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"CVs are as individual as people themselves and I wouldn't change that for the world," says Anne-Marie McSweeney, Recruitment Specialist with PM Group. "But a well-presented CV can really make a difference to getting your dream job, so here are some tips on presentation."

Keep it simple

There is no need for fancy formatting or intricate graphs and tables. In fact, these things can confuse many ATS (Applicant Tracking System) software applications and make the CV unreadable. By all means make sure the presentation is clear and clean and looks professional, but leave out all the extras.

Not too personal

There is also no need to include your date of birth, marital status, religious persuasion, full address, social insurance number etc. Instead, keep it to just the necessary information - general area in terms of address (so that you are not contacted about roles that would not suit geographically); nationality only if it is relevant to the employer (such as if you would require a work permit etc).

Profile paragraph

This is where you highlight your 'best bits' in terms of how attractive you can be to an employer. Keep it professional, but do emphasise the traits that make you the right person for the organisation and highlight how many years' experience you have in relevant areas. Don't make it too long - a medium-sized paragraph is perfect. This is where you market 'You'.

Professional experience

This comes next with education afterwards. It should always be listed in reverse order from your current role. So, current role first with bullet points highlighting all of your biggest successes achieved and any benefits that they brought to the organisation. Then the role prior to that and so on to your first role after graduation. Always bullet point the top achievements from your time in the role, experience gained there, and how your work benefited the employer. Look at the job spec and be sure that your relevant experience is visible.


Include the specific degree qualification obtained, the awarding body or University attended and the year of graduation. If you are not long out of college, then use this to highlight modules completed, systems used and experience gained on projects and what that entailed. If longer out of college, then this can shrink as your work experience becomes far more important.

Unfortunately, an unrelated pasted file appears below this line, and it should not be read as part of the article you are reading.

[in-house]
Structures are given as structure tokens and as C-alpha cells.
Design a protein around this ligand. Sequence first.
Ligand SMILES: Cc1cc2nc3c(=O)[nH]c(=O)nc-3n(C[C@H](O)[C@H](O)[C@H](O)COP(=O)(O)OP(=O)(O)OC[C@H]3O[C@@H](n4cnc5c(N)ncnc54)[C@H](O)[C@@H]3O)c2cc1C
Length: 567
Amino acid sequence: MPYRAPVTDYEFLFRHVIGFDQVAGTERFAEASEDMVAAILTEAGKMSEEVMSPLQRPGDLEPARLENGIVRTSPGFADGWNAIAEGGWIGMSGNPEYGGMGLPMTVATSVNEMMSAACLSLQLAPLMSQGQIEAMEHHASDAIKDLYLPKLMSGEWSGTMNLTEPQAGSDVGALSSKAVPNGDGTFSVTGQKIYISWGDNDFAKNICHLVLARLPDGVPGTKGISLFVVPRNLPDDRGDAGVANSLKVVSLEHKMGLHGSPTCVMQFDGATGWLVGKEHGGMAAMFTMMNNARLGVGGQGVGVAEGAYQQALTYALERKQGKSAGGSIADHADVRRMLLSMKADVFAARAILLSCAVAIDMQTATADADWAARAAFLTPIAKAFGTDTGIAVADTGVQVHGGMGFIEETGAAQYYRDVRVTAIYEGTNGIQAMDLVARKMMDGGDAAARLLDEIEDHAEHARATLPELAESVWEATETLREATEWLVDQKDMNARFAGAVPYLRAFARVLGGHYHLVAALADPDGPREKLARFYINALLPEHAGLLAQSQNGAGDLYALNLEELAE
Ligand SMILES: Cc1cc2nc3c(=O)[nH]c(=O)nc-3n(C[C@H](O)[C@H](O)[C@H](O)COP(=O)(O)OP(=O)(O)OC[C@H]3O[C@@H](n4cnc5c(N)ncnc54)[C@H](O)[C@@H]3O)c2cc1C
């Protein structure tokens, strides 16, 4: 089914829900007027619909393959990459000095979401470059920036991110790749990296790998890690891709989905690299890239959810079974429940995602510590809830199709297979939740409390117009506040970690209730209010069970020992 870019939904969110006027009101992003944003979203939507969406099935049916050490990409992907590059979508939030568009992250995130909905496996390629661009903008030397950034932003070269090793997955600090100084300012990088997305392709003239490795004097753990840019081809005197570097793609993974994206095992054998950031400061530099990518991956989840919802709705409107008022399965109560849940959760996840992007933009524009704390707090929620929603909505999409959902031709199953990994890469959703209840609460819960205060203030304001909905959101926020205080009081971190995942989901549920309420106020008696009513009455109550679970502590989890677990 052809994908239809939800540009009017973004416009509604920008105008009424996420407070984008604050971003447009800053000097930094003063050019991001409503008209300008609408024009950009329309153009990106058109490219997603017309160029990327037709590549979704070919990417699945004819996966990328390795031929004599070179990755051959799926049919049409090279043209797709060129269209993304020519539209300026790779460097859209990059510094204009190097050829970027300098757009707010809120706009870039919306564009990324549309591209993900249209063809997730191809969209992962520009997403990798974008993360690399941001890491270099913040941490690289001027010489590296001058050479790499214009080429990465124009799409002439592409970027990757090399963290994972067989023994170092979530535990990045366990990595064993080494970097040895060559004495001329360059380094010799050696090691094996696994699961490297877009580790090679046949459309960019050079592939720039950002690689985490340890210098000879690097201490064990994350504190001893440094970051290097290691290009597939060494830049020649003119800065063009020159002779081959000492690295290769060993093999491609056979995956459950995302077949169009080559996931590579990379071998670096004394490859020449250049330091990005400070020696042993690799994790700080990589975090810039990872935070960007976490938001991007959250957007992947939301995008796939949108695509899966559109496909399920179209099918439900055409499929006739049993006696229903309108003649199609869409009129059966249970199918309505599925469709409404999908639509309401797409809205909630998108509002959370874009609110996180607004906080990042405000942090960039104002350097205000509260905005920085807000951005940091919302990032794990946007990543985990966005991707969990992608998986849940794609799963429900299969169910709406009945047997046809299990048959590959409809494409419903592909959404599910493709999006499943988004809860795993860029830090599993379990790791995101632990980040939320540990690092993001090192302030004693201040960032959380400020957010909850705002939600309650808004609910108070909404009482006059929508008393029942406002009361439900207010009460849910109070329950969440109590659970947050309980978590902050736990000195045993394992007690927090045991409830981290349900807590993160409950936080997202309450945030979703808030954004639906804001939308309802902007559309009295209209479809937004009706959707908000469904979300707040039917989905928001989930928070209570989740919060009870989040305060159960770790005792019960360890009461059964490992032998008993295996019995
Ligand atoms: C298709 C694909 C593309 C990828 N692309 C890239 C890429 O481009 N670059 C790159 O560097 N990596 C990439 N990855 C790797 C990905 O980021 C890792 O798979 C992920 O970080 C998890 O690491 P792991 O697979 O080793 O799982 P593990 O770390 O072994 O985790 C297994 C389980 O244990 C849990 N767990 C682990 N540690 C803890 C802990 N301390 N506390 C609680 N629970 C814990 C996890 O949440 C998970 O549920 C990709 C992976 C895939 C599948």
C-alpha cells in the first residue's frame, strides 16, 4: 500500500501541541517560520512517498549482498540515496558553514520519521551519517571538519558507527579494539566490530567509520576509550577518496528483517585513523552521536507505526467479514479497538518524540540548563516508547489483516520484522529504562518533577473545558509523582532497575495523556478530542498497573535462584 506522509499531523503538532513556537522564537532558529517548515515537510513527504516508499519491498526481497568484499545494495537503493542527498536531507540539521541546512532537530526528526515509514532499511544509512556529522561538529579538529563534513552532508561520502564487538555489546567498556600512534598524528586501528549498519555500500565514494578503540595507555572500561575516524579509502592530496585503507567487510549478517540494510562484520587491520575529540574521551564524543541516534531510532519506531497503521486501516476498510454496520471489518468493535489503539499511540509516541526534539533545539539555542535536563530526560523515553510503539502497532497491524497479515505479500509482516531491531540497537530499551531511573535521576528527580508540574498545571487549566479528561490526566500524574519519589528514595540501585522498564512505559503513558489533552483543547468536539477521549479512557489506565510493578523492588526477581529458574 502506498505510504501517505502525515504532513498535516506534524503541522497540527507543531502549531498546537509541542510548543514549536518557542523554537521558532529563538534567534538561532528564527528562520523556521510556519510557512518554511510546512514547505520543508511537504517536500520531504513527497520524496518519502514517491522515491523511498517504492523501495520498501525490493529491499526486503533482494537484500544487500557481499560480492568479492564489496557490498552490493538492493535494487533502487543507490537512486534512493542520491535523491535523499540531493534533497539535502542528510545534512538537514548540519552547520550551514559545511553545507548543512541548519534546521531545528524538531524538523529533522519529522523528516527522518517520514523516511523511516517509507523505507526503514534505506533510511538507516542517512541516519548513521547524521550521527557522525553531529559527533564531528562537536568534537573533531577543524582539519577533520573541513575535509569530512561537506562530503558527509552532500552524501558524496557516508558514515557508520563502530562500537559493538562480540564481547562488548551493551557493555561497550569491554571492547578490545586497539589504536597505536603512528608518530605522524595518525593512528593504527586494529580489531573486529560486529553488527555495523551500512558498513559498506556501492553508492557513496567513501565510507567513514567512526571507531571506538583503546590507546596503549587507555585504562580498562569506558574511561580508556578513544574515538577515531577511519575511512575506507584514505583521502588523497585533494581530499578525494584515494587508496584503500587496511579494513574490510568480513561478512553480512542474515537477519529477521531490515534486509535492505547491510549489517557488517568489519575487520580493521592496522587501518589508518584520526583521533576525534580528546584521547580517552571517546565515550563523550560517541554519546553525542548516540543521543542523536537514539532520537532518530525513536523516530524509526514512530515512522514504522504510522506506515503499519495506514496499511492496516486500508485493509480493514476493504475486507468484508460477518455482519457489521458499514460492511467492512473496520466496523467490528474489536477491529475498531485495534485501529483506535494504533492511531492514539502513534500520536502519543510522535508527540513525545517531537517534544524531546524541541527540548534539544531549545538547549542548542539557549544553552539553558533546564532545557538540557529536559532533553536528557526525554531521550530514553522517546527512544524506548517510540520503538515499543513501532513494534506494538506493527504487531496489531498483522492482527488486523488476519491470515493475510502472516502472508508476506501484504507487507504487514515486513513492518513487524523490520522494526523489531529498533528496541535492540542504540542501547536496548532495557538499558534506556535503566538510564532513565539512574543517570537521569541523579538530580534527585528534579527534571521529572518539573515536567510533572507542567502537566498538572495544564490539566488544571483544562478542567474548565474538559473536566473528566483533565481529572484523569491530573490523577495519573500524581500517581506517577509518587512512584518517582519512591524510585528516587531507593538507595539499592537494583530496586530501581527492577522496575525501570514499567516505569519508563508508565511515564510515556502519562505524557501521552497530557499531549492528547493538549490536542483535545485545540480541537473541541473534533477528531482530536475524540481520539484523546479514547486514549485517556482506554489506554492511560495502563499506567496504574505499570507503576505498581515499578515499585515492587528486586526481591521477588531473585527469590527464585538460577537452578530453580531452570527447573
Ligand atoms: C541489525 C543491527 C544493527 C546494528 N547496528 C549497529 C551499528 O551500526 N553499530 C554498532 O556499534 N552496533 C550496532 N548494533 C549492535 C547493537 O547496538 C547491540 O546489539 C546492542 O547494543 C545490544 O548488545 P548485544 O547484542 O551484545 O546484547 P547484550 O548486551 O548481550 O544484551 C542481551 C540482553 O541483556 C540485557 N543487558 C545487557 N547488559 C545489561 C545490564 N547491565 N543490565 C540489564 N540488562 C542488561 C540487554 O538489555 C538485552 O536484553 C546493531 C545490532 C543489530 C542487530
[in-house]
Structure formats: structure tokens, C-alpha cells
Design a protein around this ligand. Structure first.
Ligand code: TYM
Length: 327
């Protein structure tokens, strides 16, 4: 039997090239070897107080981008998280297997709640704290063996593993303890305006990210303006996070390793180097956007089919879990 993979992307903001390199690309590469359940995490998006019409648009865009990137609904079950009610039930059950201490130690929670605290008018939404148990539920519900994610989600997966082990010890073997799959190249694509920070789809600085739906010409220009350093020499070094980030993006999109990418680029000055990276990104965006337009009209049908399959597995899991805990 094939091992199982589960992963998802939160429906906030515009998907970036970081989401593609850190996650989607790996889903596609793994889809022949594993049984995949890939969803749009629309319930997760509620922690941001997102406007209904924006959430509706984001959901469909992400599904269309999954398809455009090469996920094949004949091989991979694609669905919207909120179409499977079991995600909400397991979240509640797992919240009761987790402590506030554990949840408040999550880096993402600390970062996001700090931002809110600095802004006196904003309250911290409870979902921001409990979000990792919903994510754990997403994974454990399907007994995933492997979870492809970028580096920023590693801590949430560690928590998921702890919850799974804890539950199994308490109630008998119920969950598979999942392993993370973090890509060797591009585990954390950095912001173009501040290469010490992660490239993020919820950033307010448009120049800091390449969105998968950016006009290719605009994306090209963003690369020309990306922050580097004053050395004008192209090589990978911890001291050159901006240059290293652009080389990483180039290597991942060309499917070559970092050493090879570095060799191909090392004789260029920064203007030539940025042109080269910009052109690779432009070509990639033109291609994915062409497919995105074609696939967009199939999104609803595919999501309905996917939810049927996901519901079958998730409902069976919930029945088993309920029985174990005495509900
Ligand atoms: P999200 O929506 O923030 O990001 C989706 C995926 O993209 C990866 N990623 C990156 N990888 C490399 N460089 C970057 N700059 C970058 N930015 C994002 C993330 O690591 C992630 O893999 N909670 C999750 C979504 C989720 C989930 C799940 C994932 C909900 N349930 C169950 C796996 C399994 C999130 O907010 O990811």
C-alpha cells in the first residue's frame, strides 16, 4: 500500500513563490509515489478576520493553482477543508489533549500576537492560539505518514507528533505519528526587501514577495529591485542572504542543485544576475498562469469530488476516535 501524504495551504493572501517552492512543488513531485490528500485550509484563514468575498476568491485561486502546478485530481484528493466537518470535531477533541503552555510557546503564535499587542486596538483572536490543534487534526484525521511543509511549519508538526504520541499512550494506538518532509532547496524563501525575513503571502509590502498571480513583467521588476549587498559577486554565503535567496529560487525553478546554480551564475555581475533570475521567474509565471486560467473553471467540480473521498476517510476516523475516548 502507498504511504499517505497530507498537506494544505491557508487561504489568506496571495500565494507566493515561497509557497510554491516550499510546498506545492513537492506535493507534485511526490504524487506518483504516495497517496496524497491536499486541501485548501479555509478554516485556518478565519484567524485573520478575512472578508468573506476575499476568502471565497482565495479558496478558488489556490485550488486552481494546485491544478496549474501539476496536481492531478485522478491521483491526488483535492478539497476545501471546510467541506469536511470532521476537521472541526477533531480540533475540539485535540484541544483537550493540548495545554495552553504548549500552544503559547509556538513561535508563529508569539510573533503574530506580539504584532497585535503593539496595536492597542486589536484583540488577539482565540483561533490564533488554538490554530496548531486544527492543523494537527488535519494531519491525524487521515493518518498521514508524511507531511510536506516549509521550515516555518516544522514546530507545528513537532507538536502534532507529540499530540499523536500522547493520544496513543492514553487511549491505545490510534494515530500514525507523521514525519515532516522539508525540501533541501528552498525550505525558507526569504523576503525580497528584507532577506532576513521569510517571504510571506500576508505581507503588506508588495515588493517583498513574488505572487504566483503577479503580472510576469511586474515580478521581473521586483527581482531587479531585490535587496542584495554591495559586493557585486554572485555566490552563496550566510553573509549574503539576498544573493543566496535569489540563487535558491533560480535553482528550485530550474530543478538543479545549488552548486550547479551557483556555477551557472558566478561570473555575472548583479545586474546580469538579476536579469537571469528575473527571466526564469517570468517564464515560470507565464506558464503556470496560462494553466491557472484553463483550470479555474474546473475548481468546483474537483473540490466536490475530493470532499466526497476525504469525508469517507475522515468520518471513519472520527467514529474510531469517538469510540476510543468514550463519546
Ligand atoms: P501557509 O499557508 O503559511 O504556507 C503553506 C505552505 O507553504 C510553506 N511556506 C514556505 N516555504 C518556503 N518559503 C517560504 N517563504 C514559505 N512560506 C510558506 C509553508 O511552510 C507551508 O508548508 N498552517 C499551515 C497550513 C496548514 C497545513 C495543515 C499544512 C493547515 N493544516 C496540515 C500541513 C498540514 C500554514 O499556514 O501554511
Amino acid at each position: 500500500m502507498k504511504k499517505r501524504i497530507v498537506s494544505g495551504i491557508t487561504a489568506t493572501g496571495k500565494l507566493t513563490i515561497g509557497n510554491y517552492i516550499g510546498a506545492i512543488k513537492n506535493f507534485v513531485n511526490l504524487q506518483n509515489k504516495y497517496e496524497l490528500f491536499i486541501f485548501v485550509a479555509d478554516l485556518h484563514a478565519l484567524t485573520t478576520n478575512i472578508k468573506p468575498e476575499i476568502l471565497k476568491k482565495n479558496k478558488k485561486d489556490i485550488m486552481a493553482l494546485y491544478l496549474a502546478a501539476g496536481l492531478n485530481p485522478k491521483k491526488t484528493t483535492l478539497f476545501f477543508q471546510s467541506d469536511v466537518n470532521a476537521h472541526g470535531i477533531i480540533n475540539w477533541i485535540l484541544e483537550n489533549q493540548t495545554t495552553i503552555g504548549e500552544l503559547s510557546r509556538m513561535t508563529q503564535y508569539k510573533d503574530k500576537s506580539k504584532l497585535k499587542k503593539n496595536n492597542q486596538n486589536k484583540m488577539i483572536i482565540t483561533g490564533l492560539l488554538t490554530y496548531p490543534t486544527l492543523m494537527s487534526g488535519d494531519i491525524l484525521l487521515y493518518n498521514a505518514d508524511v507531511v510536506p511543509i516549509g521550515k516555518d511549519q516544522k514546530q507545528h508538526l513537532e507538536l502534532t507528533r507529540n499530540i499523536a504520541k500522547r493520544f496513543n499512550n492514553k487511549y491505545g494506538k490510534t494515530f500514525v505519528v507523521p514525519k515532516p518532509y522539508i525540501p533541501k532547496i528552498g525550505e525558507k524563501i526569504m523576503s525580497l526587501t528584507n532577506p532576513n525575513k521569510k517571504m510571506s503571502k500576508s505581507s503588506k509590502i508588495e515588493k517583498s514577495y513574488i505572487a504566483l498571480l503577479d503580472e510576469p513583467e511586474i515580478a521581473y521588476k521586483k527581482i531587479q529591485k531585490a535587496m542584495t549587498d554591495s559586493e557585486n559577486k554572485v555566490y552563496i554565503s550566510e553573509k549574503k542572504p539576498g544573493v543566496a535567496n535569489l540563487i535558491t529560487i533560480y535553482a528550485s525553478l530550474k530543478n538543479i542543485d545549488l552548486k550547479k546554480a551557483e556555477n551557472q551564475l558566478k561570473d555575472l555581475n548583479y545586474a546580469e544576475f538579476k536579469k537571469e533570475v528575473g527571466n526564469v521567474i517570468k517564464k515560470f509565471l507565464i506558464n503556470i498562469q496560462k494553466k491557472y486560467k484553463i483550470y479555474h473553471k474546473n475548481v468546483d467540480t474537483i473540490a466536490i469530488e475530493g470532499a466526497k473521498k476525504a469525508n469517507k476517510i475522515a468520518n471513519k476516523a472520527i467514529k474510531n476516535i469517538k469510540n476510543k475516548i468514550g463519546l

Other qualifications

Any other professional qualifications should be included as they may be required in some roles or desirable for them, and may not always be listed on the Job Spec. Ideally, include the awarding body and year of award also.

Other interests

It is always a good idea to include your personal interests on your CV. At interview, or when reviewing the CV, the employer may spot something that they also enjoy doing, or are interested in learning about, and use it as a settler question at the interview. Oh yes, so don't lie here. Make sure that when you include something on the CV that you actually have some experience of it. Otherwise, it might be a really awkward interview!

Avoid red flags 

If you take time out to travel, study or do something that is not directly related to your career, make sure to include it. Doing so can turn a potential red flag into a positive on your CV and an interesting talking point for interview.

Check for typos

Check it two or three times, run a spell-check and ask someone else to have a look over it as well. There is nothing worse than typos on a professional CV, and nothing more annoying than spotting one after you have submitted it to a job.


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